Abstract

Children affected by cancer often require repeated hospitalisations. The impact of the material hospital environment on children's well-being receives growing attention across various disciplines. Yet, because of their ‘double vulnerability’ – being children and being ill – young people affected by cancer are less considered as direct research participants. We set out to put the experiences of these children at the centre of attention. To do justice to the complexity of their interactions with the material hospital environment, we brought together concepts and insights from childhood studies; scholarship in anthropology and philosophy; theories on materiality; and design research; and combined these with fieldwork in a children’s oncology ward and day-care ward. By interweaving different lines of inquiry, we exemplify how fusing theoretical and empirical work in a transdisciplinary way allows advancing both social sciences and design research and invites to adopt a nuanced way a seeing.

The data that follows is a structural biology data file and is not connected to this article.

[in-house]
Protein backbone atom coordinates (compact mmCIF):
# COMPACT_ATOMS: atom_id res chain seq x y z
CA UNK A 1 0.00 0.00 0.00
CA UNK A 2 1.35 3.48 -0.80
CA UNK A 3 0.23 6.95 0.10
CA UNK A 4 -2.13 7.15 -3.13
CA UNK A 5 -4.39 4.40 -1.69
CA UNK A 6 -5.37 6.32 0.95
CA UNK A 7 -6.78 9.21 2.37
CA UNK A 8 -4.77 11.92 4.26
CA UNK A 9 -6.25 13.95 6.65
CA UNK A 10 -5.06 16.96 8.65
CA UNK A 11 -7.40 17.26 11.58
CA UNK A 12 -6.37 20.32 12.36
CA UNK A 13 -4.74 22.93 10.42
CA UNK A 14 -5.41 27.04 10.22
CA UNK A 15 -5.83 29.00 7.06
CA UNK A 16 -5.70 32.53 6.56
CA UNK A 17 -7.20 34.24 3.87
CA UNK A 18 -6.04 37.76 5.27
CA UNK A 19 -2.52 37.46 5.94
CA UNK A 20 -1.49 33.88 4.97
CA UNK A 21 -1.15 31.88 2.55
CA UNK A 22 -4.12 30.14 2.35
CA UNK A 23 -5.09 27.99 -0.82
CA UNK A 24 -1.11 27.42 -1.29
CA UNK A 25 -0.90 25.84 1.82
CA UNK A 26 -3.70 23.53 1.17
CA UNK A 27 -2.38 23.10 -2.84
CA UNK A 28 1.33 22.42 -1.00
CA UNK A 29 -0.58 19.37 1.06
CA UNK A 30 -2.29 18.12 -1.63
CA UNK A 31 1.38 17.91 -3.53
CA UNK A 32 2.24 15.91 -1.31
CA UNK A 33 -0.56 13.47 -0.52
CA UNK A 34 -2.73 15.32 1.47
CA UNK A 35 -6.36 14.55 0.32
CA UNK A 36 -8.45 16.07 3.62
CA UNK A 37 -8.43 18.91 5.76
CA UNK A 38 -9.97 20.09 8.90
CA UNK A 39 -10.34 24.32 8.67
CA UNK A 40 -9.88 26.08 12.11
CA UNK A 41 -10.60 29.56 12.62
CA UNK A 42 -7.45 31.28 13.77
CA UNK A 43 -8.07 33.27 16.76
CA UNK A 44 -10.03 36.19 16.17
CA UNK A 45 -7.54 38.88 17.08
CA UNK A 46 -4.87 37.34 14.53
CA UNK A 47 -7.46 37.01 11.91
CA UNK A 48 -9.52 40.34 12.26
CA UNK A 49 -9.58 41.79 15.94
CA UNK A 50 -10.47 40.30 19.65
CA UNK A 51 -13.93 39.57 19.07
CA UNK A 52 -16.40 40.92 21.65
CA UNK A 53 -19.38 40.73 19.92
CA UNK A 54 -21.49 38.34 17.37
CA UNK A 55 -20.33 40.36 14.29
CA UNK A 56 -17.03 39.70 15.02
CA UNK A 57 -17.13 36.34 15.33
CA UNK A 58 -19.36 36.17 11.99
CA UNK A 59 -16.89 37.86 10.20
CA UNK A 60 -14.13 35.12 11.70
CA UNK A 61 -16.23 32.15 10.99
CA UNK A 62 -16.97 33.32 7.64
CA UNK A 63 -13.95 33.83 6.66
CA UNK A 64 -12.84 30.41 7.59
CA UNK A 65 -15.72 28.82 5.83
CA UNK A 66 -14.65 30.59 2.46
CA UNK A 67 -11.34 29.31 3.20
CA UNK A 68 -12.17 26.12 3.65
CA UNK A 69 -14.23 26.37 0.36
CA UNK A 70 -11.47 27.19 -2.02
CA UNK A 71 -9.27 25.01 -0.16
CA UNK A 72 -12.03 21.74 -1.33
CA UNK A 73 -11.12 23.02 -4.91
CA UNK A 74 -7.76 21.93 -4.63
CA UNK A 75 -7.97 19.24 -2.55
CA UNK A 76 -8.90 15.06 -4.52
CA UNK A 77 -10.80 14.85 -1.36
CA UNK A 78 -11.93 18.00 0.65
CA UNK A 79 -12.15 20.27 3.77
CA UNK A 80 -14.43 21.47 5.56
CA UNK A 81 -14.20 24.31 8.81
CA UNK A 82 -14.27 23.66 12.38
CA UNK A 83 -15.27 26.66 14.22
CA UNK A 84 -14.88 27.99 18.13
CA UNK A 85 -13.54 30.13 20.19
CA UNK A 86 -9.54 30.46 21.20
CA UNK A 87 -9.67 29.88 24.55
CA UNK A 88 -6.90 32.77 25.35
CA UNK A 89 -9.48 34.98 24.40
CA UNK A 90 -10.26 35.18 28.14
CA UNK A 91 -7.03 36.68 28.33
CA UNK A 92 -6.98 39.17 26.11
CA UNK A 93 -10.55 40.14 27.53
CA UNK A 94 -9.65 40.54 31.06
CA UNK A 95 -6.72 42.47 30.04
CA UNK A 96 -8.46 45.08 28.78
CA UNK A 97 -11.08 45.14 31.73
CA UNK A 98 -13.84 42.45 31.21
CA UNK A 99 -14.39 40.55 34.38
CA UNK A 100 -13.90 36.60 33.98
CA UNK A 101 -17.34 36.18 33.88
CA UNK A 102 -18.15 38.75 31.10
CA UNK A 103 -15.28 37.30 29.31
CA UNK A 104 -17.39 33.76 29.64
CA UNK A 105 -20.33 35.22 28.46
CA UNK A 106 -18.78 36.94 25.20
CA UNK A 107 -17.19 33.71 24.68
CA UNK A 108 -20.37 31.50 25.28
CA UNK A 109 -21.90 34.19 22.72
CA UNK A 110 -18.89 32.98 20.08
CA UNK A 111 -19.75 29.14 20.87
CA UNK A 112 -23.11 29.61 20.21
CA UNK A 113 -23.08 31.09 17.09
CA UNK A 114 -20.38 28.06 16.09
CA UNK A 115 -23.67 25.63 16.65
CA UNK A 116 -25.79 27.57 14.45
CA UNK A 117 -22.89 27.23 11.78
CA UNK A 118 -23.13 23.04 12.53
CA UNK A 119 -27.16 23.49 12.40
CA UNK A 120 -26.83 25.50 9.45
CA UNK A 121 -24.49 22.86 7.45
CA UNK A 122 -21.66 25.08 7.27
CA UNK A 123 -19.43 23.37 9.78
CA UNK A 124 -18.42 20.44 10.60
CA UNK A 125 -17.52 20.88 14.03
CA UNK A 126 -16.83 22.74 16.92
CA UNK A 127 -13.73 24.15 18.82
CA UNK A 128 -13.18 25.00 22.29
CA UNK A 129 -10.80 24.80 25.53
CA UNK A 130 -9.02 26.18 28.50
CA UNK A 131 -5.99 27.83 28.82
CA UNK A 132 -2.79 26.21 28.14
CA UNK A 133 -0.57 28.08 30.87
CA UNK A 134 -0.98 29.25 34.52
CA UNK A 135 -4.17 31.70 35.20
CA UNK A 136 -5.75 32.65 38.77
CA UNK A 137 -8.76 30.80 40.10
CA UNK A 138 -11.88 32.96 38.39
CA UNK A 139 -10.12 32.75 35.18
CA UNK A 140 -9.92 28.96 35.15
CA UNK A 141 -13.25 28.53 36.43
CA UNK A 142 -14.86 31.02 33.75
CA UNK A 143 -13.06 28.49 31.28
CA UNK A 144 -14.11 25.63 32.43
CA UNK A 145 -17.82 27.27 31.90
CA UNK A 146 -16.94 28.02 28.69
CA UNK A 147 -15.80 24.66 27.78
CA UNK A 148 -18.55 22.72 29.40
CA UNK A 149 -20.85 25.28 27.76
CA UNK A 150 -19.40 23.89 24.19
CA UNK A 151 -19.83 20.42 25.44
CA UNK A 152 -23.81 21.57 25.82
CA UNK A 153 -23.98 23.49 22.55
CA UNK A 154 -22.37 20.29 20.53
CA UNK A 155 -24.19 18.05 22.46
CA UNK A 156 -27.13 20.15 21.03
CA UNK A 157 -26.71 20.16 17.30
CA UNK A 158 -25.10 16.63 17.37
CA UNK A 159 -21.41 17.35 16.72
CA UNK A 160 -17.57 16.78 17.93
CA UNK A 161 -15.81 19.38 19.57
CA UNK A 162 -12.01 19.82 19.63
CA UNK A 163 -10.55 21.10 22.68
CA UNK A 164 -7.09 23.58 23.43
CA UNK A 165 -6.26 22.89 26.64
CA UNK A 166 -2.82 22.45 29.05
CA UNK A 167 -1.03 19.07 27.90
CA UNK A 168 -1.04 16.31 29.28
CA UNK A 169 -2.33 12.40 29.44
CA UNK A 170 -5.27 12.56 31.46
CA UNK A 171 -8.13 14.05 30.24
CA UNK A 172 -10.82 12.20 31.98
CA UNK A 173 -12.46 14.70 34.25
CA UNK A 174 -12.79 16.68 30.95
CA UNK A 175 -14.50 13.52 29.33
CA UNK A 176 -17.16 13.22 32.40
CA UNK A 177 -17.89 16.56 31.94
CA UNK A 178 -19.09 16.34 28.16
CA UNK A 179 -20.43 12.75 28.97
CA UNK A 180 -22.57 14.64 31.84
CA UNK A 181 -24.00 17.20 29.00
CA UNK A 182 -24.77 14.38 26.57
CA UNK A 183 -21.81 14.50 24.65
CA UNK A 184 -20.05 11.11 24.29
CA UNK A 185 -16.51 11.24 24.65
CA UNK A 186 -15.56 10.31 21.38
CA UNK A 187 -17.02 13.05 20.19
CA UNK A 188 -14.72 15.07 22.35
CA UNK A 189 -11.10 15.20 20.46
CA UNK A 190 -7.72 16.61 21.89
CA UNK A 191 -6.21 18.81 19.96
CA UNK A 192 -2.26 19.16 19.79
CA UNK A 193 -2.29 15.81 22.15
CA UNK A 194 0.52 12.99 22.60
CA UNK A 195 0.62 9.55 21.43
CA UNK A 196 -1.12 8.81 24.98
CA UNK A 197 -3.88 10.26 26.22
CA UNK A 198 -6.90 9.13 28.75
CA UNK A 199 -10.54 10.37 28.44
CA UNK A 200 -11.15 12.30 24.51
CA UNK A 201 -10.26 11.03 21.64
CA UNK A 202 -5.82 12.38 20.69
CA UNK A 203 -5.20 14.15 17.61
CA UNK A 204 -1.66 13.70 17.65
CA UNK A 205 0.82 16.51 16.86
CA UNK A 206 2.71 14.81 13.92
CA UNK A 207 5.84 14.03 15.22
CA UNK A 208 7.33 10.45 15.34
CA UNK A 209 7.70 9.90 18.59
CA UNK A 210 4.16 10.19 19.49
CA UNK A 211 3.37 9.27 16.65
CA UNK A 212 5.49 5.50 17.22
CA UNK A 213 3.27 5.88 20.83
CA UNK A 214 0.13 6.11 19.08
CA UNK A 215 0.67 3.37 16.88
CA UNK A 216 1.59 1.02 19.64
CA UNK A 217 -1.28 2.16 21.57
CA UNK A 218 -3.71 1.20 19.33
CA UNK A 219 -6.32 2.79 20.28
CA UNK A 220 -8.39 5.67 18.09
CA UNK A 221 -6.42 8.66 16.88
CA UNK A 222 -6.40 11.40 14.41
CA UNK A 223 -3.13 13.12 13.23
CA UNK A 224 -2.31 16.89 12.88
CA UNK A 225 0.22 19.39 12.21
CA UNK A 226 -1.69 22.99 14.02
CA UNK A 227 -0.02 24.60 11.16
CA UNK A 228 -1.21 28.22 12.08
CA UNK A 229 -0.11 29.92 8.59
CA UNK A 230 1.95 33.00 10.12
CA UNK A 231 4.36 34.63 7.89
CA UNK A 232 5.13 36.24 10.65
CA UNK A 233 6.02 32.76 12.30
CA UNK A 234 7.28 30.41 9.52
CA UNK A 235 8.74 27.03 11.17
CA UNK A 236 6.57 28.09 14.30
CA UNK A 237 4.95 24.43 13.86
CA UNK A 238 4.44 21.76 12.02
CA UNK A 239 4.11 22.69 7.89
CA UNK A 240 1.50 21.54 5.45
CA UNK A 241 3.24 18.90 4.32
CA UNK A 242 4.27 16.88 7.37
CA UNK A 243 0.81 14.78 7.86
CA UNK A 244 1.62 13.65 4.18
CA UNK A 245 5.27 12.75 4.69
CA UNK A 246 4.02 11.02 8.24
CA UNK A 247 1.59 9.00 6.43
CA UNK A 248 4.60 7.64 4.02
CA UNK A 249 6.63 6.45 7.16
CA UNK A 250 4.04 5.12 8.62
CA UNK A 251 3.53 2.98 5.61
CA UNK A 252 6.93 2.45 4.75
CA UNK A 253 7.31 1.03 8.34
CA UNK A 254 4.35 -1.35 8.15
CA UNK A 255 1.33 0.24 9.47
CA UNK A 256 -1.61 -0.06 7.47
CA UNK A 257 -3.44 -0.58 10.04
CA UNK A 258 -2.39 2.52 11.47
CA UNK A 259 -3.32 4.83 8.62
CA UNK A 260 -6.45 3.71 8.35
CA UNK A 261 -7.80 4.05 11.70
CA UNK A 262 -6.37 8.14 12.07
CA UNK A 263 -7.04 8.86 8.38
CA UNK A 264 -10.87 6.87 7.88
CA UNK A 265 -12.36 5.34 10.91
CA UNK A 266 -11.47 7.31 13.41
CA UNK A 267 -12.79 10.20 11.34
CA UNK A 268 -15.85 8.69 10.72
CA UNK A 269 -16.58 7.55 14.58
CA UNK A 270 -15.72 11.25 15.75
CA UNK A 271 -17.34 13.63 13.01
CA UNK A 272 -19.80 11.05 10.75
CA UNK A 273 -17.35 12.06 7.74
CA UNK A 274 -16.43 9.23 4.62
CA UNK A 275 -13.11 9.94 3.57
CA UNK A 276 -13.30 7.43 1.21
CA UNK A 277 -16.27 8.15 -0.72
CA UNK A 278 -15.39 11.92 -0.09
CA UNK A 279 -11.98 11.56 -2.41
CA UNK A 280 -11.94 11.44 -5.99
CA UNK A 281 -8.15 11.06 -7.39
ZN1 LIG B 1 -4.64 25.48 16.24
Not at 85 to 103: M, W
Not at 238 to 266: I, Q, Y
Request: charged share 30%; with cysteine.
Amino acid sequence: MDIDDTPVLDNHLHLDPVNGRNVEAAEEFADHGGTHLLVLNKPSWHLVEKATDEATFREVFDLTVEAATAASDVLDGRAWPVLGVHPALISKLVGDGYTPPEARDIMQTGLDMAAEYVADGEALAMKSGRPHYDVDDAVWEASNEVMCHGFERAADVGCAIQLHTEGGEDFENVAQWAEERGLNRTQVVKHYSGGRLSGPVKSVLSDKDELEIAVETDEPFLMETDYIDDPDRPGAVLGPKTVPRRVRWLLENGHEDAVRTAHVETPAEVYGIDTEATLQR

Keywords

design research, everyday practices, social and human sciences, transdisciplinarity

Creative Commons License

Creative Commons Attribution-NonCommercial 4.0 International License
This work is licensed under a Creative Commons Attribution-NonCommercial 4.0 International License

Conference Track

Research Paper

COinS
 
Jun 25th, 9:00 AM

Weaving with design research to study children’s everyday practices in cancer care environments

Children affected by cancer often require repeated hospitalisations. The impact of the material hospital environment on children's well-being receives growing attention across various disciplines. Yet, because of their ‘double vulnerability’ – being children and being ill – young people affected by cancer are less considered as direct research participants. We set out to put the experiences of these children at the centre of attention. To do justice to the complexity of their interactions with the material hospital environment, we brought together concepts and insights from childhood studies; scholarship in anthropology and philosophy; theories on materiality; and design research; and combined these with fieldwork in a children’s oncology ward and day-care ward. By interweaving different lines of inquiry, we exemplify how fusing theoretical and empirical work in a transdisciplinary way allows advancing both social sciences and design research and invites to adopt a nuanced way a seeing.

 

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